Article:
The figures for years 2018 and 2019 are of zero surrenders. This was when those signing up were at best impressionable youth, not quite hardened jihadis. According to the general, their lifespan as militants was less than a year. Sans training and weaponry, they could not have made credible insurgents.
So, does a ‘take no prisoners’ approach explain the figure of ‘zero’ surrenders in years 2018 and 2019, followed by a meagre nine beginning only later in 2020, after the general had departed Srinagar for New Delhi? Though credited with having parents persuade sons abandon the ‘militant fold’, resulting in some 50 youth coming back ‘quietly’, this is unverifiable for obvious reasons.
As it turned out, Operation All Out was the preparation of the cake for the icing that was to come. Lt Gen Dhillon lent his credentials, and the dignity of uniform, for a bit of drama that preceded the launch of the Modi-Shah assault on Article 370. Knowing that the reading down of Article 370 would set off protests, the security establishment needed to have Kashmir vacated of soft targets.
The general went on primetime television claiming that the army, having found an anti-tank mine with Pakistani marking on the yatra route, had uncovered a Pakistani plot to target the yatra, leading up to it being called off. White lies in the line of national security duty being de rigueur, the general’s performance enabled the government to blame Pakistan for the extensive crackdown that followed, even as it went about despoiling the constitutional provision for autonomy.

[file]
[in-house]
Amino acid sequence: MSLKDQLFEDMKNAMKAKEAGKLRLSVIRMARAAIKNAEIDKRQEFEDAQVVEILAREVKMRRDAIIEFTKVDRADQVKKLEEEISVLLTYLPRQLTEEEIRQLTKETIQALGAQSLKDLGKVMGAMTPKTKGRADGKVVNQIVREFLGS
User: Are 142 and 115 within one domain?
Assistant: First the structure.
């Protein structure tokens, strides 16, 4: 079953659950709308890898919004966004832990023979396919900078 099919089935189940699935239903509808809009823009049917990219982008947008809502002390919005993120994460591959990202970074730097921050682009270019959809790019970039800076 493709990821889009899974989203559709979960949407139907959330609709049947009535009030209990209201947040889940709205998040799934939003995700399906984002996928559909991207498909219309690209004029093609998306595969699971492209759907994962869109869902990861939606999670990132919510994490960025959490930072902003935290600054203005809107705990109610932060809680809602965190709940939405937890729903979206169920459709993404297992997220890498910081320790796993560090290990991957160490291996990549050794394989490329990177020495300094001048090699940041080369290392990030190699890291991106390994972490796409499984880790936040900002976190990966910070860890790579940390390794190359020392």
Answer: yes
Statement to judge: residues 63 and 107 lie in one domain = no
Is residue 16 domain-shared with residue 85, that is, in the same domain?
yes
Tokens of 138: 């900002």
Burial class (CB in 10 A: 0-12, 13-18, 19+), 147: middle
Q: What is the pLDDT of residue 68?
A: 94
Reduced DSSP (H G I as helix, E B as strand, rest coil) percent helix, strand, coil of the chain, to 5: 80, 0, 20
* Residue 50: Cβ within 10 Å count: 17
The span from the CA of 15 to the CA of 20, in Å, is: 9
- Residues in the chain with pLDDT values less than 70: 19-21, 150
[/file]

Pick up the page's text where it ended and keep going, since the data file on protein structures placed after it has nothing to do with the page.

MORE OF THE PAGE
The fact is, however, that whatever Kashmiris may do, it would never be taken as ‘enough’. Mosques in Srinagar broadcast appeals to defend the minorities. Kashmiri leaders have voiced their protest at the targeted killing of civilians, especially Hindus and Sikhs, even though the state has gone out of its way to marginalise mainstream politicians.
Also, the general needs to remember that not all civilian killings can be attributed to terrorists. Of those killed this month, two Kashmiris evidently unconnected to militancy have been killed by security forces, who command immunity. No one has admonished the ‘silent majority’ in the rest of India for its silence in the face of these incidents.
Equally, the state has failed the people of Kashmir by keeping the conflict alive, allowing for the Right Wing experimentation with solutions such as the dissolution of the state. It bears asking what the army input from its operational level commander in Badami Bagh was when that measure was at the discussion stage.
Also, now that statehood is to be restored, but only after elections, has the Defence Intelligence Agency indicated the security implications of the chronology being followed: delimitation, elections and only then statehood?
It is an open secret that the ongoing constituency delimitation exercise is aimed at shifting the balance of seats in favour of the Jammu region, making it easier for the Jammu belt to vote in the Bharatiya Janata Party. Since ‘scenario building’ is in his agency’s ambit, Lt Gen Dhillon needs to answer what will happen if this expectation does not materialise. But by then he might perhaps have retired.
It is important to challenge the general’s remarks. This is particularly so since his admonition is directed at a particularly vulnerable Indian community, the Kashmiris, who also happen to be overwhelmingly Muslim. On two prior occasions, senior army officers have had an exchange of words with Muslim politicians on matters regarding Muslims in India. Unless called out, the trend might become a norm.
Ali Ahmed was, till the time of his retirement, an infantry colonel in the Indian Army.